Raoul Bonnal — Bio-NGS: BioRuby plugin to conduct programmable workflows for Next Generation Sequencing data

Based on Bio-Gem, which is a general framework for extending BioRuby. Bio-NGS uses this modular framework to combine together multiple tools for next-gen sequencing. Currently runs locally but next steps are distributed jobs over muliple machines. Tasks and programs defined with Ruby classes. Approaches to distributed tasks including messaging:Bio-Hub. Percolate is a related Ruby project which might be worth looking at for parallelization.

Kevin Dorff — Goby framework: native support in GSNAP, BWA and IGV 2.0

Goby provides file formats for next-gen sequencing that are more compact than BAM. They provide several algorithms and bridges to GSNAP, BWA and IGV.

Frank Drews — A Scalable Multicore Implementation of the TEIRESIAS Algorithm

TERESIAS is a motif discovery algorithm from IBM. It’s available and has binaries but they are not useful for large datasets. Used to discover common patterns within the human genome. Algorithm has two phases: initial scan step and then alignment/convolve step that resolves patterns.

To parallelize scan, split up word space by initial letters: with 4 cores use 1 letter, with 16 cores use 2, and so on. For parallel convolve, need to combine initial seeds into similar groups and then apply separately on each. 4-10X speedup with 16 core machines depending on kmer size.

Future work to include regular expression patterns and distributed computing.

Jean-Fr??d??ric Berthelot — Biomanycores, open-source parallel code for many-core bioinformatics

Biomanycores is a repository of parallel code that works on GPUs and multicore CPUs. OpenCL is used to generalize CUDA code over multiple machines. Implementations available of Smith-Waterman, TFM-Cuda, Unafold. Want to bridge gap to biologists but building a pool of applications. Interfaces available for Biopython, BioJava and BioPerl. Impressive speed ups.

Kerensa McElroy — GemSIM: General, Error-Model Based Simulator of next-generation sequencing

Interested in trying to find low frequency variations within bacterial populations. GemSIM handles error models, populations, makes reads, and then produces stats. Want to generate an error model specific to the data you have; Illumina error rates can be quite variable between runs. Shows graphs of 454 versus Illumina results and importance of quality cutoffs.

Bioinformatics Open Source Conference 2011 — Day 1 morning talks

I’m in beautiful Vienna, Austria at the Bioinformatics Open Source Conference on Friday and Saturday, July 15-16th. The conference emphasizes freely available biological software and the communities that contribute to them. These are my notes from the morning talks.

Larry Hunter — The role of openness in knowledge-based systems for biomedicine

Difficulty in Artificial Intelligence is capturing common sense information that you expect to an intelligent agent to know. There is a ton of this information; but thankfully in molecular biology this common sense is less of a barrier — you can capture everything known about molecular biology from textbooks, papers, databases. Can we write programs that get all this information?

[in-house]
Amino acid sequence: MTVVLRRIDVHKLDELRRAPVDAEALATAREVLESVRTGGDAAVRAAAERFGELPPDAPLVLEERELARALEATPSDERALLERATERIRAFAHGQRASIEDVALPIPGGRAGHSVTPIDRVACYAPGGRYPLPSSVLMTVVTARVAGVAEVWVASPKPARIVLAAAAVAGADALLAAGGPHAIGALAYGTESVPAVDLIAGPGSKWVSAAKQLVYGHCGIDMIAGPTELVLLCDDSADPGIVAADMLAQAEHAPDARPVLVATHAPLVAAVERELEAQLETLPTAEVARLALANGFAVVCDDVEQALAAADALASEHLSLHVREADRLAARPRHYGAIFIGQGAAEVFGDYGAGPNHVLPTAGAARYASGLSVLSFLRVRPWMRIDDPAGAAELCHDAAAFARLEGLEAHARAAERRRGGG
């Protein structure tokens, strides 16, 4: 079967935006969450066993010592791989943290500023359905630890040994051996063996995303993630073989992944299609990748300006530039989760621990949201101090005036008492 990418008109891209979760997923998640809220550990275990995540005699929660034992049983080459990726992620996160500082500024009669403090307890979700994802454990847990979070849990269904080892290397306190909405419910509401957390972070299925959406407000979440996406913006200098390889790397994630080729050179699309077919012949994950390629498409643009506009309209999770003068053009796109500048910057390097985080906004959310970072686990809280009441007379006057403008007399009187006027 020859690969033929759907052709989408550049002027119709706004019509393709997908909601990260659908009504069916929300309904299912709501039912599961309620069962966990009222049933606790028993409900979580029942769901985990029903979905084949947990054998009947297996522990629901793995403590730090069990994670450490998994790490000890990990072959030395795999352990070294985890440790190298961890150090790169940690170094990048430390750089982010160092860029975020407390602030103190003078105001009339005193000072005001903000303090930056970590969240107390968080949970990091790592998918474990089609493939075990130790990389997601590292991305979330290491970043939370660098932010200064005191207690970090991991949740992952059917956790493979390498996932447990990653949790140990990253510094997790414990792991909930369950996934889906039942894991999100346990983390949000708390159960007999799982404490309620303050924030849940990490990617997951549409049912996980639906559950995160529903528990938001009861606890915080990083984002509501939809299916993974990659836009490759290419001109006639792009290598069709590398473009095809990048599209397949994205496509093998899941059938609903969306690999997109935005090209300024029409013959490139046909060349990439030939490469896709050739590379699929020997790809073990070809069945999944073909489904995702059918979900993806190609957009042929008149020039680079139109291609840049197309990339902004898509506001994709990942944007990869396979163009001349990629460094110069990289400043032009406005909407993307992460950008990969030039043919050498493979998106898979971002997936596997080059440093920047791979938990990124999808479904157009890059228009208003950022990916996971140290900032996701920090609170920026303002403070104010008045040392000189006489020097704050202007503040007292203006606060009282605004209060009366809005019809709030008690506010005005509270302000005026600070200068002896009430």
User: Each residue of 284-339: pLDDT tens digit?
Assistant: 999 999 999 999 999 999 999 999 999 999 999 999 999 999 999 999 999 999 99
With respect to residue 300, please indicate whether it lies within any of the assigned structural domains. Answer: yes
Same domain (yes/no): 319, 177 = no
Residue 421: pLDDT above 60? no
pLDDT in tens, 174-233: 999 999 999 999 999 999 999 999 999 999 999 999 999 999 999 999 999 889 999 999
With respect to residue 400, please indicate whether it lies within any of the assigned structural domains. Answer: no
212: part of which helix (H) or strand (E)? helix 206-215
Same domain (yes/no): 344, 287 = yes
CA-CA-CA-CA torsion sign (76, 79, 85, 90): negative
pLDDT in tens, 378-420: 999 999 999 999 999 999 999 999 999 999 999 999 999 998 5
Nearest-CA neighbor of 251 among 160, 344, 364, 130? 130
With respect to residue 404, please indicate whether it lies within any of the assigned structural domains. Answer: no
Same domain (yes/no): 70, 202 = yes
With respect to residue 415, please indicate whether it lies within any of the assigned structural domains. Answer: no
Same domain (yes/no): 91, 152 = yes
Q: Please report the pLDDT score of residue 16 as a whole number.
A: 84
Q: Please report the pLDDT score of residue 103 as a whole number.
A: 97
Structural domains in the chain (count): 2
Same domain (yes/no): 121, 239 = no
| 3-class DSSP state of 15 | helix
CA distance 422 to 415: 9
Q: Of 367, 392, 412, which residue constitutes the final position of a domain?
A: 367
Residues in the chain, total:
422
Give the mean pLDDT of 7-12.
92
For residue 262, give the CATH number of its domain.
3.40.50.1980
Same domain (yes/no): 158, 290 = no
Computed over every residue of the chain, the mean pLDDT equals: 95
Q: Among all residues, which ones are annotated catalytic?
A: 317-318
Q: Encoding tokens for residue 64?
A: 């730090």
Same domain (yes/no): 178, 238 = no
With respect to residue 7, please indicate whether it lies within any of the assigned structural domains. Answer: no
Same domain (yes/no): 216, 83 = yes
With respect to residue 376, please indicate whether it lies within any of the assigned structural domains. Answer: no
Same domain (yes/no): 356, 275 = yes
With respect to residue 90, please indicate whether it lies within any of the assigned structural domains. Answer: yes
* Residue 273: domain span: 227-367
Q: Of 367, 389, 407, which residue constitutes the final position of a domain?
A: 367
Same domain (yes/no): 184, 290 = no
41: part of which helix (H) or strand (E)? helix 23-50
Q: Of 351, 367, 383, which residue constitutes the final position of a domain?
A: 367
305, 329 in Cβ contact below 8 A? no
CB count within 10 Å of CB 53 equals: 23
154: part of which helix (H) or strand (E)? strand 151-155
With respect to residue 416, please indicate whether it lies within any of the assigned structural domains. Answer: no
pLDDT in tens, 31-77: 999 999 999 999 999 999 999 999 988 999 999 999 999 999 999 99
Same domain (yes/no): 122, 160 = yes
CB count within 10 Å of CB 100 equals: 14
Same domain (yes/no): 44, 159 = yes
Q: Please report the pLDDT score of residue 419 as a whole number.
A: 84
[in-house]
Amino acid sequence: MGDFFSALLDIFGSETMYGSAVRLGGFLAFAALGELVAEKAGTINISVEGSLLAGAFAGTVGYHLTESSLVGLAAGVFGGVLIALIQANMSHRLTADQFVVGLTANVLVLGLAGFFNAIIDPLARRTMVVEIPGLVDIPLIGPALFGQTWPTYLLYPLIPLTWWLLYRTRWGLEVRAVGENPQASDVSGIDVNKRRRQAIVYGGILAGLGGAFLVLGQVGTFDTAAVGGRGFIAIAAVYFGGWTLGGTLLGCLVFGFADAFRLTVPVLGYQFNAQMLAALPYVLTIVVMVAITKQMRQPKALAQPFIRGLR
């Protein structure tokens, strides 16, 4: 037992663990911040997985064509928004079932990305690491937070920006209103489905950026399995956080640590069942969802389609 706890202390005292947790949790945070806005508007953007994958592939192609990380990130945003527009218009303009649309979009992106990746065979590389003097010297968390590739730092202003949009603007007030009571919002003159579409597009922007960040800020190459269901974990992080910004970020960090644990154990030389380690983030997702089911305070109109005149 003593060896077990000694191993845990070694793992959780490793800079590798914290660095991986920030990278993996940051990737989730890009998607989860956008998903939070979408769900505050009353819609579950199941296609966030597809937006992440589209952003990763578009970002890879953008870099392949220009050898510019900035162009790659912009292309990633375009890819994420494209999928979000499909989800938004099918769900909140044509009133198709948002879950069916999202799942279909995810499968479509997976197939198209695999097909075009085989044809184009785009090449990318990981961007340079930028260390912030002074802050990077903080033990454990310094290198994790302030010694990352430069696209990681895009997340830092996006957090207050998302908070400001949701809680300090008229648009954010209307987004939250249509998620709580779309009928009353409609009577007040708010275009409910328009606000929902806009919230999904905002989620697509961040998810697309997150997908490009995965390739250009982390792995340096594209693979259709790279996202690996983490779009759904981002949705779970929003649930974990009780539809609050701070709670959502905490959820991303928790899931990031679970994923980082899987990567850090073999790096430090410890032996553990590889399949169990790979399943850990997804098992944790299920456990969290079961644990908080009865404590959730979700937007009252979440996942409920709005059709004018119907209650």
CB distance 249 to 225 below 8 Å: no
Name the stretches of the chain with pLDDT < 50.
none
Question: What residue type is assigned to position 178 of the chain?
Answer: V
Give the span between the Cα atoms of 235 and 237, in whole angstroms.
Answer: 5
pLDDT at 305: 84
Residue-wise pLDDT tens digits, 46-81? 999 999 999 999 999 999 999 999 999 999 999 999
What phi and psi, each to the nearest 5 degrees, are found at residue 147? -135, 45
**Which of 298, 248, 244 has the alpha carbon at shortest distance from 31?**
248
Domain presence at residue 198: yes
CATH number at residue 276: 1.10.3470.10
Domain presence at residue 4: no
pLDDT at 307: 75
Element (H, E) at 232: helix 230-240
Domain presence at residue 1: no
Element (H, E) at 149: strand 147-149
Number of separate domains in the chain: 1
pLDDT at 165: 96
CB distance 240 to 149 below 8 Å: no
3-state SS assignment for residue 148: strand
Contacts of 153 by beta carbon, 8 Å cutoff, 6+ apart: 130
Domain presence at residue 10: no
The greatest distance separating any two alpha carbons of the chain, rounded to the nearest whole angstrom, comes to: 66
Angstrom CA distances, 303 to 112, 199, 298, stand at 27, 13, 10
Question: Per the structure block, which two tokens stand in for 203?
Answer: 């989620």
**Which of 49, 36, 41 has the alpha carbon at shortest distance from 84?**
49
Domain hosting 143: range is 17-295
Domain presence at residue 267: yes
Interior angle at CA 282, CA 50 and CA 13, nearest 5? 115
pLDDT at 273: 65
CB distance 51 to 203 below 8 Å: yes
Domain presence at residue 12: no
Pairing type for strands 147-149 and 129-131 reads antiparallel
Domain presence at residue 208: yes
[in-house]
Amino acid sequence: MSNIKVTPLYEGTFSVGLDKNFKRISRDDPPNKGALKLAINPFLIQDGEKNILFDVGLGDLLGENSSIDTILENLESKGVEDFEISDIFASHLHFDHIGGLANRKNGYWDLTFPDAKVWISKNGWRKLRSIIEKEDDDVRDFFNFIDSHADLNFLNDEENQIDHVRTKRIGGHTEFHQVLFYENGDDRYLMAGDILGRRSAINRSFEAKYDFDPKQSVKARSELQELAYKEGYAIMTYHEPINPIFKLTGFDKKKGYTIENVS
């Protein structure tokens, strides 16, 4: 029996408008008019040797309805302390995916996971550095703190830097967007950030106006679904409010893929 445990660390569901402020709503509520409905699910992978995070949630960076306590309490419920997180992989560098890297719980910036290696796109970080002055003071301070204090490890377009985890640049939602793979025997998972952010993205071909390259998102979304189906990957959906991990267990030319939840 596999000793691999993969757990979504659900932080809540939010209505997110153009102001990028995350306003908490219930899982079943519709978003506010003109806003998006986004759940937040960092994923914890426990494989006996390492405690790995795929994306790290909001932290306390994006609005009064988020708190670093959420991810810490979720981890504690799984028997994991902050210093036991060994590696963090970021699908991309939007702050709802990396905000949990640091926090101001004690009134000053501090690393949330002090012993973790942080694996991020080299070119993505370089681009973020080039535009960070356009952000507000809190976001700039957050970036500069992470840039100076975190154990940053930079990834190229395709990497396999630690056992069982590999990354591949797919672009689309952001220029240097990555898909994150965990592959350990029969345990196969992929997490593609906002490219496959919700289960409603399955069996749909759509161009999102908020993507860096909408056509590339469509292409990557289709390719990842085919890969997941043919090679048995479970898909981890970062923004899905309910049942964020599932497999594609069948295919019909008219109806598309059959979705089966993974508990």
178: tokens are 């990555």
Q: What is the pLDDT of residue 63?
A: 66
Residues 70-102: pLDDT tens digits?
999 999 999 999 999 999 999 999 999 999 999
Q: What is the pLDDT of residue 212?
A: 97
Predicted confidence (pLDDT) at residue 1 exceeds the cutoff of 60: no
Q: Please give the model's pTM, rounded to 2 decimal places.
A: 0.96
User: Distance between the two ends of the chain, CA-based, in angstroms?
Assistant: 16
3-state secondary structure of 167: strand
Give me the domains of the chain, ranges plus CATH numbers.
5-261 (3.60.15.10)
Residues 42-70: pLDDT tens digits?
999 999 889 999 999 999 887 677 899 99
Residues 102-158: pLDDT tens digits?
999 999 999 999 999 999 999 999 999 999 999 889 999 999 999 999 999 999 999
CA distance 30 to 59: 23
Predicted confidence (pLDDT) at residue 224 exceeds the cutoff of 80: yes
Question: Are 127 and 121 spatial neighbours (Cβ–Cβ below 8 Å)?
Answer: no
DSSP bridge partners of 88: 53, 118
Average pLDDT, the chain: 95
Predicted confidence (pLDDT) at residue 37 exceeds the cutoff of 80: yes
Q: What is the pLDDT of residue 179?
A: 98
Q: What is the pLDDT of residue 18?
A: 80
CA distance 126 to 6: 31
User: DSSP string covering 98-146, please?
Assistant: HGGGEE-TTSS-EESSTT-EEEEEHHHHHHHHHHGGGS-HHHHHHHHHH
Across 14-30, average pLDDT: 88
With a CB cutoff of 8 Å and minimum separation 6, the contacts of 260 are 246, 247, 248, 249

Difficulty is that the interesting questions we want to answer are complex. The one gene, one disease model is extremely rare; in general we are looking at perturbations of complex models that change over time. Now that we are so good at sequencing, the hard problems in bioinformatics are understanding the data. This is not only about facts, but rather putting facts together to answer "why" questions. Judging if an explanation is plausible in AI requires a knowledge base and a way to score results.

Some knowledge based computational biology solutions are: BioCyc, AskHermes, Watson Medicine, GO over-representation analysis, HyQue; anything that uses ontologies like GO. 3 reasons that openness matters in these areas:

  • Productivity: very hard problem so need to build off results; can’t do it alone
  • Equity: allow anyone to contribute by lowering barriers and costs
  • Ethics: AI is a social concern; need to earn the trust of society

How do we get the process going?

  • Build on current open ontologies: OBO, Semantic Web, Open Access Publishing, Linked Life Data (wow)
  • Social infrastructure to work together to solve hard problems: cooperation and competition combined
  • Conform to shared infrastructure and avoid fears of losing ideas and credit to the community

Idea is to organize competitions that require open source code and using shared infrastructure, specifically with goals of combining existing communities (BioCreative, BioNLP). For this you need software to work off of, computational power, training data to work with, and significant prizes.

Larry’s group has made CRAFT available, an open source set of semantic annotations that uses existing community ontologies. This can be the basis of these competitions. Key is leveraging these existing standards to serve as a basis for future work so we are actually building off each other’s work.